STEVE INSKEEP, host:
It's MORNING EDITION from NPR News. I'm Steve Inskeep.
This just in: health care reform is going to cost money. President Obama in a speech to the American Medical Association this week said he expected making health care affordable for all Americans to cost, quote, on the order of a trillion dollars over the next ten years.
President BARACK OBAMA: That's real money, even in Washington.
(Soundbite of laughter)
INSKEEP: Although lawmakers on Capitol Hill are not laughing over the price tag. NPR's Julie Rovner reports.
JULIE ROVNER: Earlier this week, the Congressional Budget Office said a bill now being debated at the Senate Health, Education, Labor and Pensions Committee might cost $1 trillion over the next decade.
There wasn't too much concern about that number. That bill wasn't finished and the estimate was for only part of it. But when the CBO said a more complete draft being worked on by the Senate Finance Committee might cost $1.6 trillion over that same period senators hit the panic button.
Finance Committee Chairman Max Baucus immediately said he'd go back to the drawing board to rework the measure.
Senator MAX BAUCUS (Democrat, Montana): I think it'll be under a trillion -probably just under a trillion - and it'll be fully paid for.
ROVNER: Baucus, who's been working hardest of the five committee chairman in charge of the health care effort to find bipartisan consensus said his decision to scale things back was based on conversations he's been having with his Senate colleagues.
Senator BAUCUS: I just think it's what the country wants, really, and what Congress wants. I think that if you go over $1 trillion it starts to run into some natural resistance, which causes problems we don't need to have.
ROVNER: One of those problems is the way Republicans jumped all over that trillion dollar word. Here's how Georgia Senator Johnny Isakson put it at the Senate Health Committee on Wednesday.
Senator JOHNNY ISAKSON (Republican, Georgia): If you converted dollars to seconds, and you said how many years will it take for a trillion seconds to pass, it's 317,097 years, 11 months and two days.
ROVNER: But while Baucus may be correctly reading the mood of his colleagues they may not be correctly reading the mood of the public. At least that's the conclusion of Andrew Kohut of the Pew Research Center for People and the Press. Kohut says that the public is generally averse to massive new spending programs…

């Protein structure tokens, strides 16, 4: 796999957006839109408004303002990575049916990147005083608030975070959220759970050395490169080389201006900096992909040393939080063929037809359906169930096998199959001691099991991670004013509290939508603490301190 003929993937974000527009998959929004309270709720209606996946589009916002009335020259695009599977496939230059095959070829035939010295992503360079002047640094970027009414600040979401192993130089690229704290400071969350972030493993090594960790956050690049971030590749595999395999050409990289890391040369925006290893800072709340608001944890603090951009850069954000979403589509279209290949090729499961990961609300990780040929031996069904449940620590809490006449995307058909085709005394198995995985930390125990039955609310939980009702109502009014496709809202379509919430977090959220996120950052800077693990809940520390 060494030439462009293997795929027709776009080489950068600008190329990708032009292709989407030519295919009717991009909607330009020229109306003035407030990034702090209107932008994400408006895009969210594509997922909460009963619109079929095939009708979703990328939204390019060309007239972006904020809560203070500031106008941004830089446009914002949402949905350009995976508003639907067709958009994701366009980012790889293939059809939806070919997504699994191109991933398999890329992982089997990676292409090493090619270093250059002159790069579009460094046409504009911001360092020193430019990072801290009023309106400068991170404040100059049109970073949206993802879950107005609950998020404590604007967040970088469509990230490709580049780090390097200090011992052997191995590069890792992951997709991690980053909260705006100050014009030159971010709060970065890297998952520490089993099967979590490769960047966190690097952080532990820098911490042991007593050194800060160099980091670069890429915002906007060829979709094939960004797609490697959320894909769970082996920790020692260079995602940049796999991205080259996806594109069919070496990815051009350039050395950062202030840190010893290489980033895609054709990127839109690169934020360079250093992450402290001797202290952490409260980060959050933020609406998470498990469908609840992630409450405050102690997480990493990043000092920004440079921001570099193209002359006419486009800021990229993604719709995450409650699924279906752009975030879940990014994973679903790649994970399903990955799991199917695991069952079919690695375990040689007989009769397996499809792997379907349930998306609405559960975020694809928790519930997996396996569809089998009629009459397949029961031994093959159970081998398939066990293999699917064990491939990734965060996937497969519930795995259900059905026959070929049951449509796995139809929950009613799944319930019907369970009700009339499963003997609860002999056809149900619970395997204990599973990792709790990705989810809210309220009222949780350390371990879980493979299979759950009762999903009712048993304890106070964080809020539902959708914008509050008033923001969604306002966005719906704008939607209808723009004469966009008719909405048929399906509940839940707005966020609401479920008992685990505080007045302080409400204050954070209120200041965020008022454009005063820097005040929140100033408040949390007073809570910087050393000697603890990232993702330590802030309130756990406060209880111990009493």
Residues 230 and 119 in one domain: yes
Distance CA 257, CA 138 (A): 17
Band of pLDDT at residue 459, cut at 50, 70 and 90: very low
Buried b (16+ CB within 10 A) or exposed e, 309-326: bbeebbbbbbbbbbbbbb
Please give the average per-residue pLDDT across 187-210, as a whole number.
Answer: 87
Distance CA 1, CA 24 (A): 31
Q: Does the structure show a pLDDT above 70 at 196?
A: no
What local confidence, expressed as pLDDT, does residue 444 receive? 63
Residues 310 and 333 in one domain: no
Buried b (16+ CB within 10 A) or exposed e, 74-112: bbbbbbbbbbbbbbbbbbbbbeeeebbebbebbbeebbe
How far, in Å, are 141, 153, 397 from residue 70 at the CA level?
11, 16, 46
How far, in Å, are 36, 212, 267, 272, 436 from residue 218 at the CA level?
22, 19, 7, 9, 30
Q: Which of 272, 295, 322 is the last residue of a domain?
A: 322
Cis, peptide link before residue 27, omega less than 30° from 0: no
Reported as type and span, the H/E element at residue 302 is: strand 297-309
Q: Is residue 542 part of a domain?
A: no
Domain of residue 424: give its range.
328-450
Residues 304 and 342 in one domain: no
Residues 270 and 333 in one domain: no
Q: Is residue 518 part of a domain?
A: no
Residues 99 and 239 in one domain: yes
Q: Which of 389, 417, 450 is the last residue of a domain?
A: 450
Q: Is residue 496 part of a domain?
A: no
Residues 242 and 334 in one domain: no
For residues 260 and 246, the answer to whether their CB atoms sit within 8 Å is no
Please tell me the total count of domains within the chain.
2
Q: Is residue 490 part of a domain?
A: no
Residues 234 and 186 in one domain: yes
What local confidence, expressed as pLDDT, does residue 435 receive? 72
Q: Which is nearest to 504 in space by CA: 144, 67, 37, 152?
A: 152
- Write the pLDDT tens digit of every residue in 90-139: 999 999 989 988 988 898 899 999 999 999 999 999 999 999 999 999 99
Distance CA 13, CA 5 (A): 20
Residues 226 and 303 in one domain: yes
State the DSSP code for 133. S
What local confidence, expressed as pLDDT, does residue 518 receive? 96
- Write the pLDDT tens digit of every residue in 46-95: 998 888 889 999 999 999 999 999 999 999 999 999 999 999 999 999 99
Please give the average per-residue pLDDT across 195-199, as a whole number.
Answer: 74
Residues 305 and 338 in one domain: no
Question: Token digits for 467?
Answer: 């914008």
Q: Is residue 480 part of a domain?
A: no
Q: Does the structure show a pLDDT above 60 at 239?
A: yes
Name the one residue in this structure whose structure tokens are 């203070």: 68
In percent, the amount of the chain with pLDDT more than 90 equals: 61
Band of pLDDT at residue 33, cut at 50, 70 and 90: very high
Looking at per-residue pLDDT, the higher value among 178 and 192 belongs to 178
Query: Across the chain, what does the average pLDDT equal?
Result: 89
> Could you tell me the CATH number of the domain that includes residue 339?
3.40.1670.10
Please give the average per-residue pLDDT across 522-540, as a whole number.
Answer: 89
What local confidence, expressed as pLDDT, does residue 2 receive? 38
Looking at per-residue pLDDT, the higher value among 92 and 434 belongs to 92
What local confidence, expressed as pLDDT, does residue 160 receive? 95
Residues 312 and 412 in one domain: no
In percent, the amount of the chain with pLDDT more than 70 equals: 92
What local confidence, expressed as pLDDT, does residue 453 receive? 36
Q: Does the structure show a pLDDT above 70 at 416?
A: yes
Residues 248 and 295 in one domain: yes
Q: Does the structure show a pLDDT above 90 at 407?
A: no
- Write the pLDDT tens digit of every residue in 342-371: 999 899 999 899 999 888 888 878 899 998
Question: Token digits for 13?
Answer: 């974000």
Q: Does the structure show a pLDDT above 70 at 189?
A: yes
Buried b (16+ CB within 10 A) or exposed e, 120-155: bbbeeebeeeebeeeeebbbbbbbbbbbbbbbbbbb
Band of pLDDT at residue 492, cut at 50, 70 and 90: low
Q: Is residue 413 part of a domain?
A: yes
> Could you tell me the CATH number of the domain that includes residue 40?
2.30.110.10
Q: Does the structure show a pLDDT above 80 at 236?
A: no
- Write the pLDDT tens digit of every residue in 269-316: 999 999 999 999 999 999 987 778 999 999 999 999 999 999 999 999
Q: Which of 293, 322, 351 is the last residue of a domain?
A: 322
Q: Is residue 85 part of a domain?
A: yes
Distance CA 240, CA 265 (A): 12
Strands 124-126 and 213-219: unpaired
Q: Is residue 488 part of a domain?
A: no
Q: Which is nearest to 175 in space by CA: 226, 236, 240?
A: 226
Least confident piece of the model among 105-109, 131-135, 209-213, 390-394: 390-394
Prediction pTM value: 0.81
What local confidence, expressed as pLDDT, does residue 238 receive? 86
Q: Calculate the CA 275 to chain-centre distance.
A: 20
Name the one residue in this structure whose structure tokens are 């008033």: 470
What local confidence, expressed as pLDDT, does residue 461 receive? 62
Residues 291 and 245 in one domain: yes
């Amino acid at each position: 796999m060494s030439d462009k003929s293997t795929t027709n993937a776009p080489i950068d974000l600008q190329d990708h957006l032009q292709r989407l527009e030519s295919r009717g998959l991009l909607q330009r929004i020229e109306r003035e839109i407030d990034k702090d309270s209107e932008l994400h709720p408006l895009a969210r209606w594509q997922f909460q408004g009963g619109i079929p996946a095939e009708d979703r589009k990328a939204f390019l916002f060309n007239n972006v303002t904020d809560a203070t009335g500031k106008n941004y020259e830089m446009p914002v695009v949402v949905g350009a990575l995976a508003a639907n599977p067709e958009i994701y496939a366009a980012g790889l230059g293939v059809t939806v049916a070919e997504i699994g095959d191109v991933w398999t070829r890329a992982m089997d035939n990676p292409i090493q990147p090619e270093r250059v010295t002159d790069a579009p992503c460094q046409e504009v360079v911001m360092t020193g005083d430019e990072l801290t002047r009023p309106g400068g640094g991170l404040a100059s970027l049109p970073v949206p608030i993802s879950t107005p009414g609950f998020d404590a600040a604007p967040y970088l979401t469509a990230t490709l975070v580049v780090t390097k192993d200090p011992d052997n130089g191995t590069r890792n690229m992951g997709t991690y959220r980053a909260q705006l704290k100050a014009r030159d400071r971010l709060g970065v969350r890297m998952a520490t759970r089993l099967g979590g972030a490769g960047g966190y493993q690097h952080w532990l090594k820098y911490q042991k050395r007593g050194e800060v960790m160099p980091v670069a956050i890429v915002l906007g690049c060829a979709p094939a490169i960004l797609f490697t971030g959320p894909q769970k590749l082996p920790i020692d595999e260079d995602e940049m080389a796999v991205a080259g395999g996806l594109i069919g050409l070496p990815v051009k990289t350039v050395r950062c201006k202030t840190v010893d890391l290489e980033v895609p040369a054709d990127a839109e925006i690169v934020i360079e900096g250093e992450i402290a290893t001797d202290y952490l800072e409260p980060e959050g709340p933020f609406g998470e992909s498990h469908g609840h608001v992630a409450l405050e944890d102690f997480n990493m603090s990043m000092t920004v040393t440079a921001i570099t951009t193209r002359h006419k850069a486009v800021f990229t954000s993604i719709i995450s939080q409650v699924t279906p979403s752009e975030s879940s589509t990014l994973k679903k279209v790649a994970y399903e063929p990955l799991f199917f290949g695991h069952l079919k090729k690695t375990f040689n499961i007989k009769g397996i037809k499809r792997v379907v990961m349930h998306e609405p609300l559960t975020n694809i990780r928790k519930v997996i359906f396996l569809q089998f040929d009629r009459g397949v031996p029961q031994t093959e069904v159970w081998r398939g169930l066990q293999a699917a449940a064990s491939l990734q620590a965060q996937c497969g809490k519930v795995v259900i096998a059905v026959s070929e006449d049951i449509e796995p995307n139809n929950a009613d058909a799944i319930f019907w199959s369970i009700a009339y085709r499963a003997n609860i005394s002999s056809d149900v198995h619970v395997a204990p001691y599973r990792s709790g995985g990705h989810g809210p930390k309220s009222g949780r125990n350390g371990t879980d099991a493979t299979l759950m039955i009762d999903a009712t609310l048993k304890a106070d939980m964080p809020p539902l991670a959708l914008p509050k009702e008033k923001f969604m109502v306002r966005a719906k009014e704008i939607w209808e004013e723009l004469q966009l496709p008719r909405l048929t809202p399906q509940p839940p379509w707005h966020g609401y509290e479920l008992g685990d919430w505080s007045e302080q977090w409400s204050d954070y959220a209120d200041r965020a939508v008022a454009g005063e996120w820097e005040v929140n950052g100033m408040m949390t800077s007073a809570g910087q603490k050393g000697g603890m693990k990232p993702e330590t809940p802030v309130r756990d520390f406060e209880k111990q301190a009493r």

Mr. ANDREW KOHUT (Pew Research Center for People and the Press): It's still very pro free enterprise and has reservations about big government and big budget deficits.
ROVNER: But the public is even more eager to see something done about health care. And when he and his colleagues asked specifically which is more important, fixing health care or controlling the deficit…
Mr. KOHUT: A pretty wide majority say fixing health care. So with respect to priorities, the priority is with health care reform not the budget deficit.
ROVNER: In fact, say some budget analysts, Congress could be shooting itself in the foot if it spends too little on health care. Jacob Hacker is a political scientist at the University of California, Berkeley and the author of the health care plan on with most of the current congressional plans are based. He says it is possible to do a plan for under $1 trillion over 10 years, but the only way is likely by doing less for those in the middle class.
Mr. JACOB HACKER (Political science, University of California Berkeley): And that's a huge mistake, because we learned from the failure of the Clinton health plan that you really have to address the concerns of middle class Americans about the affordability and security of their coverage. You have to answer the question what's in it for me.
ROVNER: Hacker also says that senators shouldn't be rattled by the size of the numbers, because in comparison to what the U.S. spends now on health care, more than $2.2 trillion a year, another $1 trillion over the next 10 really isn't all that much.
Mr. HACKER: It's a drop in the bucket in many ways. If you think about it, the difference between $1 trillion and $1.5 trillion over 10 years is probably about a half of a percent of difference in growth in health spending over those years.
ROVNER: Or you could look at the number the way children's math and science author David Schwartz did last year on SCIENCE FRIDAY.
Mr. DAVID SCHWARTZ (Author): A trillion dollars would be enough to buy a thousand boxes of Girl Scout cookies for every person in the United States, if that's how you wanted to use the money.
ROVNER: Now, that would likely set off a debate in Congress.
Julie Rovner, NPR News, Washington.
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